Rush Digital CTO and founder Danu Abeysuriya reports back from the front lines of CES 2019 and says although the tech on show at the event wasn't a dramatic leap forward, it did debut incremental improvements and delivering on long issued promises – and with the right perspective, these incremental steps were actually a pretty big deal.
Auckland’s Starship Hospital has had its children’s emergency department renovated. And aside from a spiffy new look designed to make hospitals less scary, it also boasts New Zealand hospital-first interactive tech that other medical facilities would do well to include, too.
Rush Digital's Danu Abeysuriya was one of the People's Choice winners for Most Creative in digital/data for Idealog and Accenture's Most Creative People. Abeysuriya is one of the rare few tech gurus around who can explain big, hairy concepts like computer vision in layman’s terms. He founded his own digital engineering company, Rush Digital, at the tender age of 24 and has since worked with the likes of Microsoft, Samsung and Heineken to bring big creative ideas to life through digital technology. Here, he talks what makes him creative, finding inspiration and where his best ideas come from.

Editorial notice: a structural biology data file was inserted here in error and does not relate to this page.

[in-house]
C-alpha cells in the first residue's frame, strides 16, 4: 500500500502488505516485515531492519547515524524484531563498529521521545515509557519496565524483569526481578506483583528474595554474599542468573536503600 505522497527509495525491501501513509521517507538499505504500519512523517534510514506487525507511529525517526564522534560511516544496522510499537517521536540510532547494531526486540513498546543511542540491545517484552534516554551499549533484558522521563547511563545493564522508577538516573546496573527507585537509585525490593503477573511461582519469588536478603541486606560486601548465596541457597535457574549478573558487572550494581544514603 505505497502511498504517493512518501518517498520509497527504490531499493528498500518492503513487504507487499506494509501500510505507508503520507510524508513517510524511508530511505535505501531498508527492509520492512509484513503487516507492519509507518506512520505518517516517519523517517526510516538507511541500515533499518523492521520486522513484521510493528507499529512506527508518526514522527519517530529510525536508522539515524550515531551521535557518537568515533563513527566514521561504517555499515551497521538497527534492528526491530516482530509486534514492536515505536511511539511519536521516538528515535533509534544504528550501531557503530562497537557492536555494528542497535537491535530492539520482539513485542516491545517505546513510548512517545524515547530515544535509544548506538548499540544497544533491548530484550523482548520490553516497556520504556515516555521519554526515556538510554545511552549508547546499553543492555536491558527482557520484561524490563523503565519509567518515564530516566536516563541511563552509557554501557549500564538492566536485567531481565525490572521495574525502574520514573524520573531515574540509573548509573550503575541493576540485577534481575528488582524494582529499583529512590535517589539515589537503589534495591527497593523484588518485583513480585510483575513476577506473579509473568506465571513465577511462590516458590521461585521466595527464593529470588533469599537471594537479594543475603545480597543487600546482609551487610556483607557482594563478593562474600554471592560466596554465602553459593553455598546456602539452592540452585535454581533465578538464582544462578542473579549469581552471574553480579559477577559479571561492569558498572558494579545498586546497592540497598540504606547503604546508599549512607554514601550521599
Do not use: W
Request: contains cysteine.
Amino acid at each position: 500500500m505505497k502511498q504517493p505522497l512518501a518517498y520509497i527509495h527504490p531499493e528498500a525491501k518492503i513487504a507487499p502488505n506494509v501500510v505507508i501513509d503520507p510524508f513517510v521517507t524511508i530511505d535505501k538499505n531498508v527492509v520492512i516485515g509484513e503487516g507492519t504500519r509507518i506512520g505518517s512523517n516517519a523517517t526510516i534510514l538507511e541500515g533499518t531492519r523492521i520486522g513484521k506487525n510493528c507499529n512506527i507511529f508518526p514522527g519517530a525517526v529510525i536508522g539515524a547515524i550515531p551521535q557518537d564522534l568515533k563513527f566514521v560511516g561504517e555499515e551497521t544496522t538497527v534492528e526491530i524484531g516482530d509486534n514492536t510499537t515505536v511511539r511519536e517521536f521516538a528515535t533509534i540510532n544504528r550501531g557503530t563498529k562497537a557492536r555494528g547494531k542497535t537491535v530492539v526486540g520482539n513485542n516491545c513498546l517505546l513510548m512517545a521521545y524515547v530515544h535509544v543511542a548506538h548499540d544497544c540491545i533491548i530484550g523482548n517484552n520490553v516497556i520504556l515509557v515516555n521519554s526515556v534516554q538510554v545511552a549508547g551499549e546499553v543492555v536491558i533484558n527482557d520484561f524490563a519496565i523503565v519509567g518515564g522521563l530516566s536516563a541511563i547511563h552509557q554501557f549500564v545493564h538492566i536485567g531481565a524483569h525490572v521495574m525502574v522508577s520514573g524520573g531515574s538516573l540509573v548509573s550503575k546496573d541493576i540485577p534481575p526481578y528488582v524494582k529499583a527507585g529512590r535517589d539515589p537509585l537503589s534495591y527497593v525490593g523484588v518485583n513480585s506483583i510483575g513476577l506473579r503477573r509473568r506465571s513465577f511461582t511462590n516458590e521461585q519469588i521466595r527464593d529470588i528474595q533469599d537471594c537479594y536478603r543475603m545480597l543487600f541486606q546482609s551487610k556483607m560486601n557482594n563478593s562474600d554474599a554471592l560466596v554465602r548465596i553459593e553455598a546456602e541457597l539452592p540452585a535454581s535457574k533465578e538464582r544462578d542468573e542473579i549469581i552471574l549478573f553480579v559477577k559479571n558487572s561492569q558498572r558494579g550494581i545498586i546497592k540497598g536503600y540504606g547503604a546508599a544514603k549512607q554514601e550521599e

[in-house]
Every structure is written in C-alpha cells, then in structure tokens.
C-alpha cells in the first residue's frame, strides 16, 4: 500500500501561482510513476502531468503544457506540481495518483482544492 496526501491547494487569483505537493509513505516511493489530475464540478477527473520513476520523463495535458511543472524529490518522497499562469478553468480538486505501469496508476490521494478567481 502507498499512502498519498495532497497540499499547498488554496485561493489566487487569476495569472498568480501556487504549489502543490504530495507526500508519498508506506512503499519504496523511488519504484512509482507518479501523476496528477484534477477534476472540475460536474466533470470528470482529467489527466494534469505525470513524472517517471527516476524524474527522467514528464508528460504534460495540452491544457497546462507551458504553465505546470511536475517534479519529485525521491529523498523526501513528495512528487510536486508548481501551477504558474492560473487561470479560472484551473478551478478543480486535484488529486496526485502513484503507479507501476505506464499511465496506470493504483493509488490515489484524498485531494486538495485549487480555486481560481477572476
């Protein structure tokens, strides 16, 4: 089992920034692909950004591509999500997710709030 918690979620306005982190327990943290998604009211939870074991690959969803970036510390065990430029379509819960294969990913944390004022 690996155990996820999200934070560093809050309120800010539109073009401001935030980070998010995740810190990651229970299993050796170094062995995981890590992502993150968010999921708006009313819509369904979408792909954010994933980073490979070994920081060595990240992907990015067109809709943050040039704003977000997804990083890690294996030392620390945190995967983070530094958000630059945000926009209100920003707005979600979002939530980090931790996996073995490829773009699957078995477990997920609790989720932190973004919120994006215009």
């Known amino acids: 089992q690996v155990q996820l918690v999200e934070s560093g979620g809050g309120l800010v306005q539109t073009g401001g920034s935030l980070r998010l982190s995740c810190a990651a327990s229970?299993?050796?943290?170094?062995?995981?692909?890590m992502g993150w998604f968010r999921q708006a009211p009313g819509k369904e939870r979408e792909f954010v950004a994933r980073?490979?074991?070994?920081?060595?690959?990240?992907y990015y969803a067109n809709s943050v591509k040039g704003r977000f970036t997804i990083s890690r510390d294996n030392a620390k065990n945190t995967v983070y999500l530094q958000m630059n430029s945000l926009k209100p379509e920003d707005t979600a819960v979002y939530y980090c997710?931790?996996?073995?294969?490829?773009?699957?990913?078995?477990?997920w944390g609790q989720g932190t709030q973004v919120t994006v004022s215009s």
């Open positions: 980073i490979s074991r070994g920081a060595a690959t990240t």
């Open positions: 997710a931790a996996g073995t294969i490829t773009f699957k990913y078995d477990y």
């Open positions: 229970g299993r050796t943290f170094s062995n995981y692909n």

Gender diversity in tech is a key issue playing out in discussion circles at the moment, but how do companies best implement action around it? Rush founder and CTO Danu Abeysuriya is keen to take steps towards more diversity within the company, and so headed along to the NZTech Women Developing Diversity event held earlier this month. Here are his key gleanings.
As part of Idealog's Technology Month, we've picked the brains of some of the movers and shakers in the industry to find out their favourite tech-related things, their biggest fears for the future and what other companies and individuals inspire their work. Here's Rush Digital founder and chief technology officer Danu Abeysuriya.
The Matrix made hackers cool while The Big Bang Theory made neurotic scientists slightly less weird. And now, it’s the coders’ turn, with the rise of the ‘Hackathon’. One guy wants it to go big – so big it’ll be the “sporting” event of the year for tech nerds everywhere.
By the time he was nine, Danushka Abeysuriya and his family had experienced nick-oftime escapes from not one, but two, war zones. Not surprisingly, this gave him a non-traditional view on risk, and he founded his own game development company
at the tender age of 24. Four years later the company has 20 staff and counts Microsoft, TVNZ, Samsung, Heineken and National
Geographic among its clients.